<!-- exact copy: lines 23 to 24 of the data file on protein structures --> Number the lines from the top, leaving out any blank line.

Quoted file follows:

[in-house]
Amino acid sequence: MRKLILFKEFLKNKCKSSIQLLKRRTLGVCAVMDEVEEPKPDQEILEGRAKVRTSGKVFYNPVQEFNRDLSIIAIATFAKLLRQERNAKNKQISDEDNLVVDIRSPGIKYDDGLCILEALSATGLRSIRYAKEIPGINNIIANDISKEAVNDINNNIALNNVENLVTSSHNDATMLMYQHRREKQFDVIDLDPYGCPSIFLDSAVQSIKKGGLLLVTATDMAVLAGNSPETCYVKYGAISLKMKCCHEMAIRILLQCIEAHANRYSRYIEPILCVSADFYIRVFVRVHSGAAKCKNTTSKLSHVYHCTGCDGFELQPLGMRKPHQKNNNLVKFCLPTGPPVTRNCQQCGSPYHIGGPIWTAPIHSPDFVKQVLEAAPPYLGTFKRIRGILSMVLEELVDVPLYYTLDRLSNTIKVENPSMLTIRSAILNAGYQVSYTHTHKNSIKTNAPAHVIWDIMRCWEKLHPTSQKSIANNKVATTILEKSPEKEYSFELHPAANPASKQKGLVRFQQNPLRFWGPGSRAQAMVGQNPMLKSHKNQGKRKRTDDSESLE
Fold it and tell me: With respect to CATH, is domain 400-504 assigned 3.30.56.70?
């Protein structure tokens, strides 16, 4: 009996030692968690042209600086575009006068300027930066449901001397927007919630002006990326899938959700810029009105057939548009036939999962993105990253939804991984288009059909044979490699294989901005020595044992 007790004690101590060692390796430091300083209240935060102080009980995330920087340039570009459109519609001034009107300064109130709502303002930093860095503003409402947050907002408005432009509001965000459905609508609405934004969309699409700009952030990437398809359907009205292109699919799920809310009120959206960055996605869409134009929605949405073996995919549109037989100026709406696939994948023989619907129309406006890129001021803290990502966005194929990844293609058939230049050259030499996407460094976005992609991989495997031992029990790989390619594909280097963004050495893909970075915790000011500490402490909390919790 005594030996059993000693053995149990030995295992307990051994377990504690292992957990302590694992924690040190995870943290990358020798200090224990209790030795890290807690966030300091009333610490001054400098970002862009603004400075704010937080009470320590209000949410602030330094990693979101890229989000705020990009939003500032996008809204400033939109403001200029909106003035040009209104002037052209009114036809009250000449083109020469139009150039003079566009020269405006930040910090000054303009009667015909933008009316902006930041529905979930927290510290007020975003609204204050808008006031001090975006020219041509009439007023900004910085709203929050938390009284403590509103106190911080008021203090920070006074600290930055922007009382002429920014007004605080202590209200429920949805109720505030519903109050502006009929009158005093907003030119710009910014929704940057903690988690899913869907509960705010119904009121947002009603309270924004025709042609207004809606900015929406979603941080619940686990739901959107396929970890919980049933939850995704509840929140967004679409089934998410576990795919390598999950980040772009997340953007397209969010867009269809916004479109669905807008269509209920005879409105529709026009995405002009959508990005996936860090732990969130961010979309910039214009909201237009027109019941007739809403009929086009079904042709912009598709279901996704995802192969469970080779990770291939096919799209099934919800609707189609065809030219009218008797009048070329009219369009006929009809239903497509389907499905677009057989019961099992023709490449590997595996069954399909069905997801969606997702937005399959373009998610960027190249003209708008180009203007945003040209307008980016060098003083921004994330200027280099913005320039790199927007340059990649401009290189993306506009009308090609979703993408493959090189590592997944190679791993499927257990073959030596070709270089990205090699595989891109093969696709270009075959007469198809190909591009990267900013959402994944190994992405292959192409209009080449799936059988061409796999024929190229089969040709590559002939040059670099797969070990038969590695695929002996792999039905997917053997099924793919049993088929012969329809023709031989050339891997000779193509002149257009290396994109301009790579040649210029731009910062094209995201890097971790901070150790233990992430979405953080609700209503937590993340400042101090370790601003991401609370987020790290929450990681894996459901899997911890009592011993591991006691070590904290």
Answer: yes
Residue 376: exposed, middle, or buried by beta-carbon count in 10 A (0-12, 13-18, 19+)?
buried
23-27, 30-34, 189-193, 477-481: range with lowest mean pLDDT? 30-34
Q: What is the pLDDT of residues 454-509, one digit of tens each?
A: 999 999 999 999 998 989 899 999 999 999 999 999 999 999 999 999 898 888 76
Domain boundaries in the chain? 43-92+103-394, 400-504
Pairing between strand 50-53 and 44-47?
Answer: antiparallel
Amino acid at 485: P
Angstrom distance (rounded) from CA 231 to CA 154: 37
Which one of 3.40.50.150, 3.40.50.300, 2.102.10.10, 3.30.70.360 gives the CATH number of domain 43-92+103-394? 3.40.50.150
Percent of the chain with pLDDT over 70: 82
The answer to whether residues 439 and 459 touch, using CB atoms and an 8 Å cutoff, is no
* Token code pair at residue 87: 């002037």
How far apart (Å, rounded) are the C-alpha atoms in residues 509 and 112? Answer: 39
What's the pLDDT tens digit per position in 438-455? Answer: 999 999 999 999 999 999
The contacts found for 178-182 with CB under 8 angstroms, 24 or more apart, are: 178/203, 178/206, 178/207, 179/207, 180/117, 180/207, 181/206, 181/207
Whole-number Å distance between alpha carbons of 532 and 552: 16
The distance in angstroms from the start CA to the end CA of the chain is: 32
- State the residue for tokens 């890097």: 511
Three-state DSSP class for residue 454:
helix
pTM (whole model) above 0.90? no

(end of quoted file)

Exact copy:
Whole-number Å distance between alpha carbons of 532 and 552: 16
The distance in angstroms from the start CA to the end CA of the chain is: 32